How To Wear The New Maximalism Without Sacrificing Your Personal Style

"It's not about being flamboyant for Instagram likes. It's about turning up the volume on who you are"

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We're not just living life. We're living our best life. We're doing the most. We are – to throw in all the internet speak – lit. And we're lit AF. In an age where the internet has us communicating in all caps, WTFs and emojis all of the time, it's not surprising that our clothes have evolved to become just as hyperbolic. If fashion is language – and in the world of ELLE, it certainly is – our means of speaking are becoming ever bigger and bolder by the day.

GUCCI AW16
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Yes, maximalism is having a renaissance thanks to Alessandro Michele's wildly popular, highly decorative and immensely sellable vision at Gucci. But this is a shift that feels even bigger than that; a general feeling of more-is-more that has permeated through the runways, no matter what the trend (grunge, Eighties, streetwear, you name it). I'm talking about the fashion of personal branding.

From the gargantuan shoulders on a Marc Jacobs feathered cape for AW16 to the lush, elaborate braiding on a cavalry coat at Burberry, the rhetoric of the autumn season is loud and proud. You don't have to be a 'maximalist' in the traditional sense, with your gilded loafers styled with your paisley trousers, to get it. Autumn's new mood is less about covering yourself in crystals and more about the act of amplifying whatever your look of choice is to the highest degree. Perhaps it's about distinguishing oneself from the noise. 'In this current world of technology and social media, where everything runs faster each day, you want to keep that uniqueness that makes you different from the rest,' says Josep Font, the designer behind the label Delpozo known for its bold use of volume and meticulous, highly Instagrammable decoration.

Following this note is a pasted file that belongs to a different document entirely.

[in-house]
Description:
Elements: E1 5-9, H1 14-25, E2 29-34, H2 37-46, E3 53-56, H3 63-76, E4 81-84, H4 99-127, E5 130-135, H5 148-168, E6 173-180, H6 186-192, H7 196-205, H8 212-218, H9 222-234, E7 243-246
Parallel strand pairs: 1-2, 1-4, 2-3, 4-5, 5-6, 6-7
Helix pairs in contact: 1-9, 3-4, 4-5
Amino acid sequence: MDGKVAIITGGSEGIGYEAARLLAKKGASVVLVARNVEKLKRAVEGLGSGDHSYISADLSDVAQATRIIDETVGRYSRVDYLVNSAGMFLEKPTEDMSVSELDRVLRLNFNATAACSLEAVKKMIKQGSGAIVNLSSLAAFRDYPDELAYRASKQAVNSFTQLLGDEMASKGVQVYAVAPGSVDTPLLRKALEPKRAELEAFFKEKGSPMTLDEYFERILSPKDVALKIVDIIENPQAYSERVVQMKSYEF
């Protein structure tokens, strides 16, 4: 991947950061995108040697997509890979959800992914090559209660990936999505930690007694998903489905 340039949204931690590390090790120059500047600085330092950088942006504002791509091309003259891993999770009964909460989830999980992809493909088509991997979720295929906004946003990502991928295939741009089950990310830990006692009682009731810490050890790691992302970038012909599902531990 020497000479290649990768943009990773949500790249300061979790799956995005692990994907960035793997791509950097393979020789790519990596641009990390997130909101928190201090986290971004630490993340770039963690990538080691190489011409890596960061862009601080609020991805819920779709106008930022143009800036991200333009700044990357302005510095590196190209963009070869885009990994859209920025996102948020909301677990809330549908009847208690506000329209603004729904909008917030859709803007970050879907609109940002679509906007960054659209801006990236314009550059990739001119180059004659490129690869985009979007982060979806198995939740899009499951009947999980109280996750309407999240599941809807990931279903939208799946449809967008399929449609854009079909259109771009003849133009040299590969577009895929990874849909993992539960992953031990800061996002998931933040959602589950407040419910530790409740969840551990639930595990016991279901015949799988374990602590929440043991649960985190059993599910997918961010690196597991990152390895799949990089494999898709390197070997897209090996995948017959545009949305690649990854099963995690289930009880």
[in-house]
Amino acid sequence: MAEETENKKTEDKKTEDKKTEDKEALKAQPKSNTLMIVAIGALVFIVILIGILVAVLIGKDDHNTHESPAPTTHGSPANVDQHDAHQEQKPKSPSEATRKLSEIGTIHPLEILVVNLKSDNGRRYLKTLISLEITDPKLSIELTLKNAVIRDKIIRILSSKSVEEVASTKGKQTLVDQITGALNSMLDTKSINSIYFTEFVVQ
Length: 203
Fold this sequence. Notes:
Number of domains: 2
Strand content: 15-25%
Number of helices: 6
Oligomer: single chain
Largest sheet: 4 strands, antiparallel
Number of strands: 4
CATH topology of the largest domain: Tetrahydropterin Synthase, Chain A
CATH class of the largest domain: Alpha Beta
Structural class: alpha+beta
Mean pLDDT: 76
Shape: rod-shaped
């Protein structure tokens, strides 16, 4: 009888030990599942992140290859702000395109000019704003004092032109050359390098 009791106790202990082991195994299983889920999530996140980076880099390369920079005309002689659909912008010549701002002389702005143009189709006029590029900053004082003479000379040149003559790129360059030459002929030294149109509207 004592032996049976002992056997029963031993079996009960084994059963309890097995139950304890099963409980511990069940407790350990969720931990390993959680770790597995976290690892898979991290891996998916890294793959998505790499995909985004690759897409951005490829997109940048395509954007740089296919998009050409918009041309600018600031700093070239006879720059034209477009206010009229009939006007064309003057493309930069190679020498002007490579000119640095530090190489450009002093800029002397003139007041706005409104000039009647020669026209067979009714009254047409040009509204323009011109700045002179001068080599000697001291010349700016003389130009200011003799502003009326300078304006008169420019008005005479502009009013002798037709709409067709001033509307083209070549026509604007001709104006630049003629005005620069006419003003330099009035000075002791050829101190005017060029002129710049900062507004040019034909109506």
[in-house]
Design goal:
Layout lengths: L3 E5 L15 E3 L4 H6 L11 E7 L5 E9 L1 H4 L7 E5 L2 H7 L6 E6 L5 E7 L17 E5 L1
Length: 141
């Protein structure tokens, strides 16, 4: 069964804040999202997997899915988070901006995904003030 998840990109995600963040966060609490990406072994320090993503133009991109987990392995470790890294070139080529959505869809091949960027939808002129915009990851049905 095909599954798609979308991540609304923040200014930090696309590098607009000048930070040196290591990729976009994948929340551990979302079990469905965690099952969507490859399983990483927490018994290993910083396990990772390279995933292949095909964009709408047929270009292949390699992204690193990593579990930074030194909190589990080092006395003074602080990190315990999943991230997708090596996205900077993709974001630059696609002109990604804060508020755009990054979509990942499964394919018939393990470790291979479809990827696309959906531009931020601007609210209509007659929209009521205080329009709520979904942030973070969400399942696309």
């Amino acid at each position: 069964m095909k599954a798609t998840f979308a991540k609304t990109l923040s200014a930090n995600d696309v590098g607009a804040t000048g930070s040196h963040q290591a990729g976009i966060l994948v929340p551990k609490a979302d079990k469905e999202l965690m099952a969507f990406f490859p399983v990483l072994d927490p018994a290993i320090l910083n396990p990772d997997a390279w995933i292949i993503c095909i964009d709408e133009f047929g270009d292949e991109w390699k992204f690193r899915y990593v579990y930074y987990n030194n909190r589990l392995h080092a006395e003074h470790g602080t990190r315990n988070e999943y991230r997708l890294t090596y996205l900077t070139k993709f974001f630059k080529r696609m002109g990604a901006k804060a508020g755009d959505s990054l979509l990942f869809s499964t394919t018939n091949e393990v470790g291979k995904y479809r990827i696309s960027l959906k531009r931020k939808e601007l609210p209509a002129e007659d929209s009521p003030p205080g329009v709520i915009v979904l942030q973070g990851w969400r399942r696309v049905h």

DELPOZO AW16
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But to be clear, this isn't about wearing a flamboyant piece for the sake of likes on Instagram. It's about turning up the volume on who you are: letting your unstraightened curls grow big and wild like models of the moment Damaris Goddrie, Luisana González and Natalie Westling, or in singer Alicia Keys' case, swearing off make-up and committing to it in a blaze of publicity, even on red carpets. Come as you are. And then multiply that quality by 10.

Do you like your tailoring relaxed and pared back? Then take it extra large and in charge as seen through Céline's exaggerated flared legs. Do you love a plush velvet? Swathe yourself in it from head to toe as seen at Alberta Ferretti. A weakness for sequins? Wear them thick and densely layered as shown at Dolce & Gabbana and Preen. Ruffles? The bigger the better as proven by Ellery.

CHRISTOPHER KANE AW16

Michelle Elie, the Haitian-born, Cologne-based former model attributes the new mood to fashion's renewed appreciation of individualism, an idea she's long epitomised. She reached street-style icon status on the strength of her boldly out-there, go-to-hell wardrobe of challenging Comme des Garçons, Junya Watanabe and Prada pieces – she literally stops traffic during fashion weeks. 'I think there is a lot of fashion meant to lift the mood this season. I personally like fashion that makes me feel a bit playful and fun. We tend to buy the way we want to feel, and I think designers are providing for the full range of emotions,' she says. 'The more, the merrier.'

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